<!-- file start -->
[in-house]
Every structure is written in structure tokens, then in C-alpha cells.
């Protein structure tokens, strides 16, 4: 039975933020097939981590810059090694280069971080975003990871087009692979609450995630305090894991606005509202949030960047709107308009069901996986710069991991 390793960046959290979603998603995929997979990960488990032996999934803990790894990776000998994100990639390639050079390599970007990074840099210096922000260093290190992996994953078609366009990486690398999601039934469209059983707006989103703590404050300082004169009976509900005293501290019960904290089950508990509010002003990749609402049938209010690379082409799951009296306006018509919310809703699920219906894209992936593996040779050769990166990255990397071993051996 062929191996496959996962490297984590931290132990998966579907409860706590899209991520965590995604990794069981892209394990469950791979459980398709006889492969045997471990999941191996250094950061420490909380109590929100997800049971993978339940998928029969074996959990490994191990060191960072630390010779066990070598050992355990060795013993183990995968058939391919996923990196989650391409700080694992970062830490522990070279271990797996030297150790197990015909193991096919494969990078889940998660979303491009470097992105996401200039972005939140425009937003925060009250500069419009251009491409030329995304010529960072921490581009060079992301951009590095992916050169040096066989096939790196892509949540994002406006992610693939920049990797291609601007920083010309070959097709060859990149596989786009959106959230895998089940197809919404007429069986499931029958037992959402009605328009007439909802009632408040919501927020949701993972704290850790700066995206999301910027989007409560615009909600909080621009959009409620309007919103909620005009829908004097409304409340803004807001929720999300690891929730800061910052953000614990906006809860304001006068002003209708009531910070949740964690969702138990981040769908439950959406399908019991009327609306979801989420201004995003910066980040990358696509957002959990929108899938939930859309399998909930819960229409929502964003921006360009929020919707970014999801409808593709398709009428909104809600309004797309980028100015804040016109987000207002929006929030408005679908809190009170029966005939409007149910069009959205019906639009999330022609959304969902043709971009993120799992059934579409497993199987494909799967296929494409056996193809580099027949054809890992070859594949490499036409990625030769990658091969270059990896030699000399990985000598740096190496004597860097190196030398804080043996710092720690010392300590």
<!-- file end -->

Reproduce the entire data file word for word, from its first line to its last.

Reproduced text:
[in-house]
Every structure is written in structure tokens, then in C-alpha cells.
């Protein structure tokens, strides 16, 4: 039975933020097939981590810059090694280069971080975003990871087009692979609450995630305090894991606005509202949030960047709107308009069901996986710069991991 390793960046959290979603998603995929997979990960488990032996999934803990790894990776000998994100990639390639050079390599970007990074840099210096922000260093290190992996994953078609366009990486690398999601039934469209059983707006989103703590404050300082004169009976509900005293501290019960904290089950508990509010002003990749609402049938209010690379082409799951009296306006018509919310809703699920219906894209992936593996040779050769990166990255990397071993051996 062929191996496959996962490297984590931290132990998966579907409860706590899209991520965590995604990794069981892209394990469950791979459980398709006889492969045997471990999941191996250094950061420490909380109590929100997800049971993978339940998928029969074996959990490994191990060191960072630390010779066990070598050992355990060795013993183990995968058939391919996923990196989650391409700080694992970062830490522990070279271990797996030297150790197990015909193991096919494969990078889940998660979303491009470097992105996401200039972005939140425009937003925060009250500069419009251009491409030329995304010529960072921490581009060079992301951009590095992916050169040096066989096939790196892509949540994002406006992610693939920049990797291609601007920083010309070959097709060859990149596989786009959106959230895998089940197809919404007429069986499931029958037992959402009605328009007439909802009632408040919501927020949701993972704290850790700066995206999301910027989007409560615009909600909080621009959009409620309007919103909620005009829908004097409304409340803004807001929720999300690891929730800061910052953000614990906006809860304001006068002003209708009531910070949740964690969702138990981040769908439950959406399908019991009327609306979801989420201004995003910066980040990358696509957002959990929108899938939930859309399998909930819960229409929502964003921006360009929020919707970014999801409808593709398709009428909104809600309004797309980028100015804040016109987000207002929006929030408005679908809190009170029966005939409007149910069009959205019906639009999330022609959304969902043709971009993120799992059934579409497993199987494909799967296929494409056996193809580099027949054809890992070859594949490499036409990625030769990658091969270059990896030699000399990985000598740096190496004597860097190196030398804080043996710092720690010392300590």